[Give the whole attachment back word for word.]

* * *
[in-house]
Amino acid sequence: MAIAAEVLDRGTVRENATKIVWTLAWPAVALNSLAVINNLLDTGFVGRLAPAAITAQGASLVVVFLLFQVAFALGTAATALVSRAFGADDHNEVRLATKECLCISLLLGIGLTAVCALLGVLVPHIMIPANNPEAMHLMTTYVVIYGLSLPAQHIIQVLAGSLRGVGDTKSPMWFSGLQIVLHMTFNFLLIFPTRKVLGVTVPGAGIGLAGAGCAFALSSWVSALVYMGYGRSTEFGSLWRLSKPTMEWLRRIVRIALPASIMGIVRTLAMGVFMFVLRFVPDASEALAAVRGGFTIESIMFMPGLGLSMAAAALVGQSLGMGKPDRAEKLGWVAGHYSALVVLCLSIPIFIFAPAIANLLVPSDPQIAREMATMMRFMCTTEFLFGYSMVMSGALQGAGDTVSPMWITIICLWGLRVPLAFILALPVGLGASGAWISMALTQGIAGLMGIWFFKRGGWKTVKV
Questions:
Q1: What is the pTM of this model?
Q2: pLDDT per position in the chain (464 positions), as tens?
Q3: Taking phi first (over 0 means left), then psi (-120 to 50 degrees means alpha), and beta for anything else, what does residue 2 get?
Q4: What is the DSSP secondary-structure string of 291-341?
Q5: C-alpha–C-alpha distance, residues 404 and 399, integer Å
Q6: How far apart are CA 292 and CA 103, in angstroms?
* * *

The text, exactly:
[in-house]
Amino acid sequence: MAIAAEVLDRGTVRENATKIVWTLAWPAVALNSLAVINNLLDTGFVGRLAPAAITAQGASLVVVFLLFQVAFALGTAATALVSRAFGADDHNEVRLATKECLCISLLLGIGLTAVCALLGVLVPHIMIPANNPEAMHLMTTYVVIYGLSLPAQHIIQVLAGSLRGVGDTKSPMWFSGLQIVLHMTFNFLLIFPTRKVLGVTVPGAGIGLAGAGCAFALSSWVSALVYMGYGRSTEFGSLWRLSKPTMEWLRRIVRIALPASIMGIVRTLAMGVFMFVLRFVPDASEALAAVRGGFTIESIMFMPGLGLSMAAAALVGQSLGMGKPDRAEKLGWVAGHYSALVVLCLSIPIFIFAPAIANLLVPSDPQIAREMATMMRFMCTTEFLFGYSMVMSGALQGAGDTVSPMWITIICLWGLRVPLAFILALPVGLGASGAWISMALTQGIAGLMGIWFFKRGGWKTVKV
Questions:
Q1: What is the pTM of this model?
Q2: pLDDT per position in the chain (464 positions), as tens?
Q3: Taking phi first (over 0 means left), then psi (-120 to 50 degrees means alpha), and beta for anything else, what does residue 2 get?
Q4: What is the DSSP secondary-structure string of 291-341?
Q5: C-alpha–C-alpha distance, residues 404 and 399, integer Å
Q6: How far apart are CA 292 and CA 103, in angstroms?